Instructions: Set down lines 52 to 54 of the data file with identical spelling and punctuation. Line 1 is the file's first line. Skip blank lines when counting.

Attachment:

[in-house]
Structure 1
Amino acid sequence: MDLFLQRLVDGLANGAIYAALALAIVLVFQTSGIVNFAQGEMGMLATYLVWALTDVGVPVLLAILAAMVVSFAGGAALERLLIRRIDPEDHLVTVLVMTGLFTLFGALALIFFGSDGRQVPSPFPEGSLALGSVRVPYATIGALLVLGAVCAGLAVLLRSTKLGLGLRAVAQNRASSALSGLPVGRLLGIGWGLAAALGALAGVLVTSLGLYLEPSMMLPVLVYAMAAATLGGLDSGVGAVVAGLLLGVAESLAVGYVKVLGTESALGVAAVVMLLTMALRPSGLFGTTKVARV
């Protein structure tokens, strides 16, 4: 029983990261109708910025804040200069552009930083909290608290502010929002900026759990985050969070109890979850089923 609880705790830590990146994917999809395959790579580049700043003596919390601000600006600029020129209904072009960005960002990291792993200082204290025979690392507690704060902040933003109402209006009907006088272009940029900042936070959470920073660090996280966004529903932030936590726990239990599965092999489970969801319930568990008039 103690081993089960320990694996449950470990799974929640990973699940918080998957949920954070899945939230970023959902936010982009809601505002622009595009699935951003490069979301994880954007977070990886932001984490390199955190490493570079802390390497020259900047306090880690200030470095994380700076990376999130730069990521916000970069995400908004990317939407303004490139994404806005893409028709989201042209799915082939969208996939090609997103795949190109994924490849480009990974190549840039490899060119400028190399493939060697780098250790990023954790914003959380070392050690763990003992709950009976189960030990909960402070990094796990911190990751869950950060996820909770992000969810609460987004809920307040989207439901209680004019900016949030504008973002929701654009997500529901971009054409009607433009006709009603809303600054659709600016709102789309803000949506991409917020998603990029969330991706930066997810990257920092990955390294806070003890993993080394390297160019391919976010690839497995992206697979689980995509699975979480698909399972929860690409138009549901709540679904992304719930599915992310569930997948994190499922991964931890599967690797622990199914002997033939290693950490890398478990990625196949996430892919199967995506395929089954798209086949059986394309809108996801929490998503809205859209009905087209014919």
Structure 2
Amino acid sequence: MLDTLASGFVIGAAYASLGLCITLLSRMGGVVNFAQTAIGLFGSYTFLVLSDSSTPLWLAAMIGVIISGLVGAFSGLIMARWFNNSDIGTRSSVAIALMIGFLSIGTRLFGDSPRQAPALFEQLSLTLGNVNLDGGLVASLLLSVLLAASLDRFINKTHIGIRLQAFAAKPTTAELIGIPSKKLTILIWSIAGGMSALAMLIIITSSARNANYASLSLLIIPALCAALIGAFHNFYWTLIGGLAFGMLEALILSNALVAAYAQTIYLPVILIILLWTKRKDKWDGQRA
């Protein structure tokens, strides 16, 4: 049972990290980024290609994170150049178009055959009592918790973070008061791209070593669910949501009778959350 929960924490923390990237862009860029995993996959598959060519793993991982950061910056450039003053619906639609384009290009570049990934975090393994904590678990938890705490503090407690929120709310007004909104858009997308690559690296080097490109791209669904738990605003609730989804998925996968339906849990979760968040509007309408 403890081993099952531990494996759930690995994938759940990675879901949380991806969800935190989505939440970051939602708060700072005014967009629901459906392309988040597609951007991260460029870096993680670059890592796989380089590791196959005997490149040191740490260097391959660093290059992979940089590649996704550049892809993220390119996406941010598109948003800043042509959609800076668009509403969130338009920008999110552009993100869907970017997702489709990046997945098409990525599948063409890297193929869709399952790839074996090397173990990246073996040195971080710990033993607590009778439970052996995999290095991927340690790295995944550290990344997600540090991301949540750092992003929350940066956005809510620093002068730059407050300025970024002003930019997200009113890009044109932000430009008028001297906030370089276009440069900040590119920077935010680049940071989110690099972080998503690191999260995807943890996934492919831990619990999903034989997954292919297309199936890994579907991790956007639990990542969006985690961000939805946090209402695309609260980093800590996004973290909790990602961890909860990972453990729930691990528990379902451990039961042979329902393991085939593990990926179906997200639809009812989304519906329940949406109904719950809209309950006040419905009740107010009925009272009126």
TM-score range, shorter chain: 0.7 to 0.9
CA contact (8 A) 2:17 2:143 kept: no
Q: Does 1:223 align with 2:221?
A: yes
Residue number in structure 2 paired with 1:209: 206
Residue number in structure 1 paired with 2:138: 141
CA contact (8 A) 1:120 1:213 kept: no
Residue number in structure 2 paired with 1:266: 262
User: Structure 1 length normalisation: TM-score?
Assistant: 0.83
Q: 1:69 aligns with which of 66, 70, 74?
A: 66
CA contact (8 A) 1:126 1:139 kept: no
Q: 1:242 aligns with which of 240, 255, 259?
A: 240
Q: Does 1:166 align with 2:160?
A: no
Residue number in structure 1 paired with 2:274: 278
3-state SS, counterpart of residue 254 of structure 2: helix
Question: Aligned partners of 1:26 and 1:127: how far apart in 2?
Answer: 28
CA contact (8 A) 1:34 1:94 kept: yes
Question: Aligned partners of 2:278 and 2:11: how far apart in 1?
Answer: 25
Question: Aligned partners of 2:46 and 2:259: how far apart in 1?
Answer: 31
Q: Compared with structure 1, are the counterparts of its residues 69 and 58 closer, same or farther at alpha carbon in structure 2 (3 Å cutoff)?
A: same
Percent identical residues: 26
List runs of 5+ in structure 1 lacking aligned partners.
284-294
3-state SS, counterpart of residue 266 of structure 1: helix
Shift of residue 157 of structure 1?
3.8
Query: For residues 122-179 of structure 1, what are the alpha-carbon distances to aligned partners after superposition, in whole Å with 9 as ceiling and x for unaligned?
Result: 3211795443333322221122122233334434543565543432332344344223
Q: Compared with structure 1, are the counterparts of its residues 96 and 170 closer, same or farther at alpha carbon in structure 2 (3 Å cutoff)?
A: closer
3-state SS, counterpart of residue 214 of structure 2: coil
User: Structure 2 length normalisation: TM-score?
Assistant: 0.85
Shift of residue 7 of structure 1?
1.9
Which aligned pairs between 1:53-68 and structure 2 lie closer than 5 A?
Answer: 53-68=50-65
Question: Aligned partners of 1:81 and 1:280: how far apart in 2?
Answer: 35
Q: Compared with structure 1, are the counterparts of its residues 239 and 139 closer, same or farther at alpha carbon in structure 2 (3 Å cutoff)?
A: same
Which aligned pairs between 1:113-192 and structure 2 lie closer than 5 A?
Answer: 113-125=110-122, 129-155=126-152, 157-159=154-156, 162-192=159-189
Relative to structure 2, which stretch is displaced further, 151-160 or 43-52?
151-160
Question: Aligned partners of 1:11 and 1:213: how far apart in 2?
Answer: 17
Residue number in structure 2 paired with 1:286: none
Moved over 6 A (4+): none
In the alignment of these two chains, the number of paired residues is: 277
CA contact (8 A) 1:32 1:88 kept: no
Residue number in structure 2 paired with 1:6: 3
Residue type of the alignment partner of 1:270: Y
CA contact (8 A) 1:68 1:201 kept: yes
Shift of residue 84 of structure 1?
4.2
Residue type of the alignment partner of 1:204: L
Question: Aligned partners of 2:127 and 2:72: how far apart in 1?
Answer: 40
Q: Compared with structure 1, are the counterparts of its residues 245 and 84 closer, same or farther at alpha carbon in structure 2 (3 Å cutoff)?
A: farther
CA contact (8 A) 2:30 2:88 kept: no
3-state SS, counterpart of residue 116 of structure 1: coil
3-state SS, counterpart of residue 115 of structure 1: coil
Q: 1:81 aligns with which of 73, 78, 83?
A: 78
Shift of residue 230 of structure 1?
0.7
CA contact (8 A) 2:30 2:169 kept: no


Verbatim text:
Answer: 53-68=50-65
Question: Aligned partners of 1:81 and 1:280: how far apart in 2?
Answer: 35